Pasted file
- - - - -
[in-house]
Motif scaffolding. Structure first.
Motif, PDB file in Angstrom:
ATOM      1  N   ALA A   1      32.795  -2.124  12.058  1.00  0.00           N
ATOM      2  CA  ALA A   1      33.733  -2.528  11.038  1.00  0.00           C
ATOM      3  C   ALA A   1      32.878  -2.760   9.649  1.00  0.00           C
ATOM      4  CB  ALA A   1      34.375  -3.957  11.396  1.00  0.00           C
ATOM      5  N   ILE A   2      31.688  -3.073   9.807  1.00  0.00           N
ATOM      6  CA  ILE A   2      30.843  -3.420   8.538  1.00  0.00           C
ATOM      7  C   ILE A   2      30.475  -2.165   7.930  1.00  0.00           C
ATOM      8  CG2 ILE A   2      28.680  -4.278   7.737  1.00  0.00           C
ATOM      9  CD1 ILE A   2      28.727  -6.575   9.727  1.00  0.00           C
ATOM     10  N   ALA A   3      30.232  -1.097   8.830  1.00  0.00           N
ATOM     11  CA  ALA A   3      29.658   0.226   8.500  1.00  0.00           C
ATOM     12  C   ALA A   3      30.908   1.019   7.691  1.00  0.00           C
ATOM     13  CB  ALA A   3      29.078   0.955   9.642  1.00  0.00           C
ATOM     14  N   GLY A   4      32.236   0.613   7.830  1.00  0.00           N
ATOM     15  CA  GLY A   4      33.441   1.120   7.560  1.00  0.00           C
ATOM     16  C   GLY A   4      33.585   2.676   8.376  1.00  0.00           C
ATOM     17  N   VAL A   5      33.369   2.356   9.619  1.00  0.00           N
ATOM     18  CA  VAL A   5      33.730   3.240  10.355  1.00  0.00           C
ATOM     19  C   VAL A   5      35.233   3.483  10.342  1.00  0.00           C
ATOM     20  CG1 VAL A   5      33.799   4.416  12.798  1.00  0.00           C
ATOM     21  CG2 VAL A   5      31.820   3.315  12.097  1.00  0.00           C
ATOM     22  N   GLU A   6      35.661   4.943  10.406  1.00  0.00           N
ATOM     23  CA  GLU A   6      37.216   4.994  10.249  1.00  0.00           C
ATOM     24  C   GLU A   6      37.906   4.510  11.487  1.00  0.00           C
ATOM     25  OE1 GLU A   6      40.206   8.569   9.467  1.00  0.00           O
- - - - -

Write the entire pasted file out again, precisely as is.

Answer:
[in-house]
Motif scaffolding. Structure first.
Motif, PDB file in Angstrom:
ATOM      1  N   ALA A   1      32.795  -2.124  12.058  1.00  0.00           N
ATOM      2  CA  ALA A   1      33.733  -2.528  11.038  1.00  0.00           C
ATOM      3  C   ALA A   1      32.878  -2.760   9.649  1.00  0.00           C
ATOM      4  CB  ALA A   1      34.375  -3.957  11.396  1.00  0.00           C
ATOM      5  N   ILE A   2      31.688  -3.073   9.807  1.00  0.00           N
ATOM      6  CA  ILE A   2      30.843  -3.420   8.538  1.00  0.00           C
ATOM      7  C   ILE A   2      30.475  -2.165   7.930  1.00  0.00           C
ATOM      8  CG2 ILE A   2      28.680  -4.278   7.737  1.00  0.00           C
ATOM      9  CD1 ILE A   2      28.727  -6.575   9.727  1.00  0.00           C
ATOM     10  N   ALA A   3      30.232  -1.097   8.830  1.00  0.00           N
ATOM     11  CA  ALA A   3      29.658   0.226   8.500  1.00  0.00           C
ATOM     12  C   ALA A   3      30.908   1.019   7.691  1.00  0.00           C
ATOM     13  CB  ALA A   3      29.078   0.955   9.642  1.00  0.00           C
ATOM     14  N   GLY A   4      32.236   0.613   7.830  1.00  0.00           N
ATOM     15  CA  GLY A   4      33.441   1.120   7.560  1.00  0.00           C
ATOM     16  C   GLY A   4      33.585   2.676   8.376  1.00  0.00           C
ATOM     17  N   VAL A   5      33.369   2.356   9.619  1.00  0.00           N
ATOM     18  CA  VAL A   5      33.730   3.240  10.355  1.00  0.00           C
ATOM     19  C   VAL A   5      35.233   3.483  10.342  1.00  0.00           C
ATOM     20  CG1 VAL A   5      33.799   4.416  12.798  1.00  0.00           C
ATOM     21  CG2 VAL A   5      31.820   3.315  12.097  1.00  0.00           C
ATOM     22  N   GLU A   6      35.661   4.943  10.406  1.00  0.00           N
ATOM     23  CA  GLU A   6      37.216   4.994  10.249  1.00  0.00           C
ATOM     24  C   GLU A   6      37.906   4.510  11.487  1.00  0.00           C
ATOM     25  OE1 GLU A   6      40.206   8.569   9.467  1.00  0.00           O